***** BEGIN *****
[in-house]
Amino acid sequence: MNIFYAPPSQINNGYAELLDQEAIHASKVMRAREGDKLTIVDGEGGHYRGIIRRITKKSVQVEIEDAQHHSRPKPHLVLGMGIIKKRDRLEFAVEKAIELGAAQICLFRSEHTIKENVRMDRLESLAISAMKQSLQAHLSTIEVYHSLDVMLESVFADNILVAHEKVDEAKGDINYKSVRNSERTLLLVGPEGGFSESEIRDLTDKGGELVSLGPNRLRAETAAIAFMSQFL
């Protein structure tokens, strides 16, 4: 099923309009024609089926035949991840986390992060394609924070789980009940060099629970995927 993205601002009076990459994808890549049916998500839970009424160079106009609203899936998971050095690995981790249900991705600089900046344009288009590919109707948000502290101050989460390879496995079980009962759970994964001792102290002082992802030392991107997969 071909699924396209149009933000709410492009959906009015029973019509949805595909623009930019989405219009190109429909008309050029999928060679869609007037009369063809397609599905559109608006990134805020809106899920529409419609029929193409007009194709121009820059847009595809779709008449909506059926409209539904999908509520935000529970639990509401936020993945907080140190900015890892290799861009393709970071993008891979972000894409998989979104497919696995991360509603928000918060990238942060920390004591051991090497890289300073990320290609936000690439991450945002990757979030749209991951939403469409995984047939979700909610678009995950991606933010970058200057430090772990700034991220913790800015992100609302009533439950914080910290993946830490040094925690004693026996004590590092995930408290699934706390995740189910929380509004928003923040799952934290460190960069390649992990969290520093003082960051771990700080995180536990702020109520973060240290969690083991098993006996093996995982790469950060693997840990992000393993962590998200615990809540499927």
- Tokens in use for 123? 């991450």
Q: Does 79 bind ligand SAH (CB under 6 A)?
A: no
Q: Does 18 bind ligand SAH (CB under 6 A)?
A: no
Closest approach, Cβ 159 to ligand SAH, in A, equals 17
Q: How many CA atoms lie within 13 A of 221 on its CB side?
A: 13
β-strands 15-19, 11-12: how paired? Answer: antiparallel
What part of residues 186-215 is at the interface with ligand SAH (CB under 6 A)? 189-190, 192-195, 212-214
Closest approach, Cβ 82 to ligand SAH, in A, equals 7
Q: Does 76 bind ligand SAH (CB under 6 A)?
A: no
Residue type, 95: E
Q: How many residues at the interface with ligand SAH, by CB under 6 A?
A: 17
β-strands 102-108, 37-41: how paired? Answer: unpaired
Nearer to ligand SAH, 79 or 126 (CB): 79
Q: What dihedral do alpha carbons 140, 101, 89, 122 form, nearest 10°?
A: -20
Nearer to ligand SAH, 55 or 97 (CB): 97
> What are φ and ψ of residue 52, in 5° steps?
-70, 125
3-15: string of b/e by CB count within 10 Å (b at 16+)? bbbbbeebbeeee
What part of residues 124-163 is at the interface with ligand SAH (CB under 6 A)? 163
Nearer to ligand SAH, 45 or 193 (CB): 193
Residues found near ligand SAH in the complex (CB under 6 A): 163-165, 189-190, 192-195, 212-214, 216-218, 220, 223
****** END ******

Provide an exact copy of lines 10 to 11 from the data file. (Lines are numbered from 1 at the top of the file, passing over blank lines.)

Q: How many CA atoms lie within 13 A of 221 on its CB side?
A: 13